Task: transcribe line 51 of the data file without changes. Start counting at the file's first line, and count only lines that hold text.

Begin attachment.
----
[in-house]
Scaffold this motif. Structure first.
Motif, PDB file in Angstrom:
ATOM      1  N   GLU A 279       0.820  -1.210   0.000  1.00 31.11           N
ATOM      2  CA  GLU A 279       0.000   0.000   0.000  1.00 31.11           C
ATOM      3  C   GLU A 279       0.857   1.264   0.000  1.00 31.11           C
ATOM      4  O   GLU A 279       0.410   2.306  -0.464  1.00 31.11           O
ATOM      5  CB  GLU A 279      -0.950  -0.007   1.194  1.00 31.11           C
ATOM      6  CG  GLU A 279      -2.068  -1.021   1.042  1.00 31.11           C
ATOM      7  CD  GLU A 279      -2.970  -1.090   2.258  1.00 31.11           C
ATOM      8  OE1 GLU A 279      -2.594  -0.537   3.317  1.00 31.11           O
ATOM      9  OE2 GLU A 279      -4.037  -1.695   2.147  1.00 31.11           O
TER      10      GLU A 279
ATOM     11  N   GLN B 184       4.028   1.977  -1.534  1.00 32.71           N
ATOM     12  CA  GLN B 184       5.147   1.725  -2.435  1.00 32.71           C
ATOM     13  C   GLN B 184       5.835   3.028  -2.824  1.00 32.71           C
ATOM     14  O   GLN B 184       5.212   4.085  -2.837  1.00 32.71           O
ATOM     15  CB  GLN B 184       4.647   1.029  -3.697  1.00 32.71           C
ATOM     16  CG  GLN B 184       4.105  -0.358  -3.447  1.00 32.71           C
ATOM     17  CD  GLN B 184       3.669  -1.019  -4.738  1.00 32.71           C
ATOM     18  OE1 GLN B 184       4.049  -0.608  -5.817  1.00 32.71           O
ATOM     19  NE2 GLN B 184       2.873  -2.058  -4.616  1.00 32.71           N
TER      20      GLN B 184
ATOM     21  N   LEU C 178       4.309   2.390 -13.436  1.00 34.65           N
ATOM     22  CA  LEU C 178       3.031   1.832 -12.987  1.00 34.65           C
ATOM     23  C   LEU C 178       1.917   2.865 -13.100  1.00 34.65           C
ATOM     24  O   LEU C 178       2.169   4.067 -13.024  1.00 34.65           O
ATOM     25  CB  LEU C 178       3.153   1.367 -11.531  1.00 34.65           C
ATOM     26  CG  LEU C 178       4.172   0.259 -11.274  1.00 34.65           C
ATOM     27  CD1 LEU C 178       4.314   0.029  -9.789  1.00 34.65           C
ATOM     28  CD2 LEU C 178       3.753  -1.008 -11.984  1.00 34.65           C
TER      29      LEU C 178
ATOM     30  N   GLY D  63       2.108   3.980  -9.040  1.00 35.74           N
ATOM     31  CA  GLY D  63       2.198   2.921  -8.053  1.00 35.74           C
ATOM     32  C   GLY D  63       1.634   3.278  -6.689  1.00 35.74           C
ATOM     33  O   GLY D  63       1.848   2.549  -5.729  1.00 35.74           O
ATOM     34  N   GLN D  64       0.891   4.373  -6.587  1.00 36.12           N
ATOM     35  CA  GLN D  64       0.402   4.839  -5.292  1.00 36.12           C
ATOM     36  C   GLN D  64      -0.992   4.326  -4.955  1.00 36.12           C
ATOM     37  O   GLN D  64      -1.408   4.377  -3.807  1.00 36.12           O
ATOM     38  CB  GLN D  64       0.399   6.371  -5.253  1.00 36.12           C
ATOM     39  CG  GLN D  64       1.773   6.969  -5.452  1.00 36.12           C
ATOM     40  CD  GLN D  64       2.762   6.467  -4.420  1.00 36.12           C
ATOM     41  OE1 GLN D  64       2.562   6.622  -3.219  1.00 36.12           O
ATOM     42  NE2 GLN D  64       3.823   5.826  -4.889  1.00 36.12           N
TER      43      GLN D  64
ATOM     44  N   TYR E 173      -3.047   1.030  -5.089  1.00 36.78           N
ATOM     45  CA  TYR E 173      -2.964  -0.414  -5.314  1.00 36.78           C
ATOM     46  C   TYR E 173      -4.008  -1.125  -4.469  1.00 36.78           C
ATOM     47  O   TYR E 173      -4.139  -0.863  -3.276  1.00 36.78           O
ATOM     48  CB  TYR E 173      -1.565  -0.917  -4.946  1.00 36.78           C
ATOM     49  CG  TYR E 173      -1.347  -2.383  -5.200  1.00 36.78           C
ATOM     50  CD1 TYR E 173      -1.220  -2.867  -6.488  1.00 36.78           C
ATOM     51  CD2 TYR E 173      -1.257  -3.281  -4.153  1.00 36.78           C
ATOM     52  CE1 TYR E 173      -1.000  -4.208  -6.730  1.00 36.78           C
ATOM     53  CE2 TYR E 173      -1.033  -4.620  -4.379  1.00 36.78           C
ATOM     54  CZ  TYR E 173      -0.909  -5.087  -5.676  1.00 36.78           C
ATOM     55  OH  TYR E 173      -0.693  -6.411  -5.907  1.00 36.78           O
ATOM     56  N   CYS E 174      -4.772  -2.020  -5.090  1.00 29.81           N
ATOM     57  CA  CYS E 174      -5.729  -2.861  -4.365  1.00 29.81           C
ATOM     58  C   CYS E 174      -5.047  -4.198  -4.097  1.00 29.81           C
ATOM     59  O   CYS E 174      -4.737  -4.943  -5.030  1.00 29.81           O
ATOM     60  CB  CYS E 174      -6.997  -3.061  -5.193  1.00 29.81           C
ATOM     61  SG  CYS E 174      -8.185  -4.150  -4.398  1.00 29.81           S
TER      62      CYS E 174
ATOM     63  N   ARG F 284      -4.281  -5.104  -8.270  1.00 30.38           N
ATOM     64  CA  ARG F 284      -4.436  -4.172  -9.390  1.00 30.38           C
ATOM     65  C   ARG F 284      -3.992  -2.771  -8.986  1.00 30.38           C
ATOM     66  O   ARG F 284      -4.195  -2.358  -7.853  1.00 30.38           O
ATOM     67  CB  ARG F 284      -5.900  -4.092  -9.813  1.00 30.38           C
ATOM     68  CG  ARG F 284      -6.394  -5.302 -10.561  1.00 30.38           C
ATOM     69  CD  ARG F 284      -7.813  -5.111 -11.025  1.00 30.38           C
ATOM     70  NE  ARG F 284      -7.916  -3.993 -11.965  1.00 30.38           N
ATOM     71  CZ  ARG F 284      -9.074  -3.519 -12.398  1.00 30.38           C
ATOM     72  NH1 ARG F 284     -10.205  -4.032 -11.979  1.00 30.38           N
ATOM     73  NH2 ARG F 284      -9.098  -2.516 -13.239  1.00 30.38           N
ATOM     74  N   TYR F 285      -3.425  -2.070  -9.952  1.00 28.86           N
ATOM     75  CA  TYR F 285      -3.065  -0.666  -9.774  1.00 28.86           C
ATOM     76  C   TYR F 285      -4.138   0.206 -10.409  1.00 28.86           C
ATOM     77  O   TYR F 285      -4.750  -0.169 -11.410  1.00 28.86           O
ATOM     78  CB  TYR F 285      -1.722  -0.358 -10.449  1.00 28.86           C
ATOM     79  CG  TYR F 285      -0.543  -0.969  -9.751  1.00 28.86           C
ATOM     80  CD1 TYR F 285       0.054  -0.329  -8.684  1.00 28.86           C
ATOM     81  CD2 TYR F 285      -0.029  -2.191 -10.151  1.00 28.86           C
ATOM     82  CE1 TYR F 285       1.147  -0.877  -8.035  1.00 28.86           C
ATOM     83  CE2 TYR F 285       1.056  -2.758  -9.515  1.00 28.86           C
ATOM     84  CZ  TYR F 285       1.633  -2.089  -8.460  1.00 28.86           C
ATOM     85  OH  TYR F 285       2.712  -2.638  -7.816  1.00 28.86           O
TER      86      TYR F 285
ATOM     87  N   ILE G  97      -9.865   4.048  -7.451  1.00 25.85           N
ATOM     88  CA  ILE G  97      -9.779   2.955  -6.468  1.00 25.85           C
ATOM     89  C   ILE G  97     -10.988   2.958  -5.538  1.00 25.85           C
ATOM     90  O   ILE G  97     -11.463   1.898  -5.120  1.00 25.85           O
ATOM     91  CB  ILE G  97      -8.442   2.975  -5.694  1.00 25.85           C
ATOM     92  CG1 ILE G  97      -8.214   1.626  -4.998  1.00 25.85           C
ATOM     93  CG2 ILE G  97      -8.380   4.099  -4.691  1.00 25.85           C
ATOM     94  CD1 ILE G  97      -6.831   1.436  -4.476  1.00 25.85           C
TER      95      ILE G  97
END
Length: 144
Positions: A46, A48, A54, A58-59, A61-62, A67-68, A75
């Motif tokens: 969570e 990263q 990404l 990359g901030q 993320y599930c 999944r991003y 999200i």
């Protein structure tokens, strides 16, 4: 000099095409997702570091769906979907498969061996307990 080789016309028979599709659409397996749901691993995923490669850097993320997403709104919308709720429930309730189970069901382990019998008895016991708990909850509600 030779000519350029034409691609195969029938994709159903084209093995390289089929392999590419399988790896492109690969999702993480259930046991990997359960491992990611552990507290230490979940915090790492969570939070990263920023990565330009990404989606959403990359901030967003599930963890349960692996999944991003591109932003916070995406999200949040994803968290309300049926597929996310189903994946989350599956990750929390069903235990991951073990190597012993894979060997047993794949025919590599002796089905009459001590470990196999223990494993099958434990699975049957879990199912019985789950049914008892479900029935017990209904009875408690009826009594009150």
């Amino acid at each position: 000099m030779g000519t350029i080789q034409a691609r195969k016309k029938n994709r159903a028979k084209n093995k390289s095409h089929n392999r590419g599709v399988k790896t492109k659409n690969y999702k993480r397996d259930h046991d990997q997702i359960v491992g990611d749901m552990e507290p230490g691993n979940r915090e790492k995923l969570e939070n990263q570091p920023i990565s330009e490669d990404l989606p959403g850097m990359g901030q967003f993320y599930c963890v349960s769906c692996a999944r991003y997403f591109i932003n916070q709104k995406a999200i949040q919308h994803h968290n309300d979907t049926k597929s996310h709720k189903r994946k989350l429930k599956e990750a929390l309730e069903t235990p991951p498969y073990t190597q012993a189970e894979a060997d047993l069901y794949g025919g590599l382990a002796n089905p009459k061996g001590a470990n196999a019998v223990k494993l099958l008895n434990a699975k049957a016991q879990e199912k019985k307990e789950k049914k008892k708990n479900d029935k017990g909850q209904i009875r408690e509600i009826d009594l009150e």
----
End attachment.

ATOM     48  CB  TYR E 173      -1.565  -0.917  -4.946  1.00 36.78           C